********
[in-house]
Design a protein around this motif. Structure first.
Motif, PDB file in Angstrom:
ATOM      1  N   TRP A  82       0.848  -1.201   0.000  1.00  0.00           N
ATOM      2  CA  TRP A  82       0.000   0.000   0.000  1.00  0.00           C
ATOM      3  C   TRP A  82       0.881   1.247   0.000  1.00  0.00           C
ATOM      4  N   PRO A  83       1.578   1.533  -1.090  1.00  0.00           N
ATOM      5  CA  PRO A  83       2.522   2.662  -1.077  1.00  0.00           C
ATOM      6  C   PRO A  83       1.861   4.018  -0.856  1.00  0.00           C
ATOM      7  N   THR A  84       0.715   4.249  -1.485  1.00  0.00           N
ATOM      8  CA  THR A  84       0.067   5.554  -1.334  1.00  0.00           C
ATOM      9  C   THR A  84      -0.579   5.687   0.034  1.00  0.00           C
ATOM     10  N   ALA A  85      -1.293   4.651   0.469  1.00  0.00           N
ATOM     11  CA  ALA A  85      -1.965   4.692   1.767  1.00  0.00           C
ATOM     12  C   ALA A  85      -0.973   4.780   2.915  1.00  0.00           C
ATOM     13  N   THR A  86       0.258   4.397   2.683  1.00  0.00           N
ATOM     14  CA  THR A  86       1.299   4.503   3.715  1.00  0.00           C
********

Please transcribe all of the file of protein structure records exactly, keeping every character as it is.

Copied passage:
[in-house]
Design a protein around this motif. Structure first.
Motif, PDB file in Angstrom:
ATOM      1  N   TRP A  82       0.848  -1.201   0.000  1.00  0.00           N
ATOM      2  CA  TRP A  82       0.000   0.000   0.000  1.00  0.00           C
ATOM      3  C   TRP A  82       0.881   1.247   0.000  1.00  0.00           C
ATOM      4  N   PRO A  83       1.578   1.533  -1.090  1.00  0.00           N
ATOM      5  CA  PRO A  83       2.522   2.662  -1.077  1.00  0.00           C
ATOM      6  C   PRO A  83       1.861   4.018  -0.856  1.00  0.00           C
ATOM      7  N   THR A  84       0.715   4.249  -1.485  1.00  0.00           N
ATOM      8  CA  THR A  84       0.067   5.554  -1.334  1.00  0.00           C
ATOM      9  C   THR A  84      -0.579   5.687   0.034  1.00  0.00           C
ATOM     10  N   ALA A  85      -1.293   4.651   0.469  1.00  0.00           N
ATOM     11  CA  ALA A  85      -1.965   4.692   1.767  1.00  0.00           C
ATOM     12  C   ALA A  85      -0.973   4.780   2.915  1.00  0.00           C
ATOM     13  N   THR A  86       0.258   4.397   2.683  1.00  0.00           N
ATOM     14  CA  THR A  86       1.299   4.503   3.715  1.00  0.00           C